Another thing you can do is pay cash for everything and save any change from your purchases. I don’t do this, but I know people who do. Just round up the purchase as you track your spending and by Christmas, you may have enough money to splurge on something nice for yourself. 

Another way to maximize your Christmas spending is to use a rewards credit card for all your purchases. You can earn points and money for travel and other perks. Don’t do this if you aren’t good at controlling your spending or if you can’t pay off the card at the end of the month. It’s not worth it if you have to pay interest. We’ve paid for several vacations for our family of six using this method. The keys are to pay off your card every month, only use your card on normal purchases, and only buy things you already have money set aside for, like Christmas presents in this case.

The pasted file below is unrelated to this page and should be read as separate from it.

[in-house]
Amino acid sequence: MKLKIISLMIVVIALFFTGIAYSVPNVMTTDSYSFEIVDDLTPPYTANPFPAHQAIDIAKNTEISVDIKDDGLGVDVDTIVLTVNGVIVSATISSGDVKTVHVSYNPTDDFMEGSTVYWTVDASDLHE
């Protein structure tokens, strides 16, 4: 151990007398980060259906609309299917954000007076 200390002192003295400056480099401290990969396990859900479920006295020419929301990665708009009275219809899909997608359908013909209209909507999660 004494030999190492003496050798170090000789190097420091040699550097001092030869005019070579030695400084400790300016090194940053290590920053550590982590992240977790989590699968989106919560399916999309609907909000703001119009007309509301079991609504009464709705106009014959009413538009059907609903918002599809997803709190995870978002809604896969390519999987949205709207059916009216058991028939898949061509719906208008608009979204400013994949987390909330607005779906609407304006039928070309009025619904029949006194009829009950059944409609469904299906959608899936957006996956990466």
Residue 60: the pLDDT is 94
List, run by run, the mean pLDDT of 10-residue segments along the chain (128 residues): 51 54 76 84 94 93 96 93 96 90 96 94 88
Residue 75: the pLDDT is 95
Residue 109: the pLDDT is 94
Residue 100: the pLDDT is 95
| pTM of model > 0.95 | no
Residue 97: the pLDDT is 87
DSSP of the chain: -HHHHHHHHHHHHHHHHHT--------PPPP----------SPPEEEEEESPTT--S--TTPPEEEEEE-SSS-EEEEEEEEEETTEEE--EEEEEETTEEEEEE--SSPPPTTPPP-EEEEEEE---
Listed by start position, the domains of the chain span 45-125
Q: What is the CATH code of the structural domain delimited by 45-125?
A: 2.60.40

Find ways to generate extra income for Christmas purchases

Don’t have flexibility in your income to set aside very much money for Christmas presents? You may need to find a way to make extra cash for the holidays. This could mean picking up a part-time job for the season. Maybe you can create a side hustle. What about selling some stuff you have laying around the house collecting dust? We have a whole attic full of my wife’s old Disney snowglobes I’d love to sell! It might take some creativity, but there are usually ways to find extra cash. You just have to be resourceful. 

It’s OK to not spend, too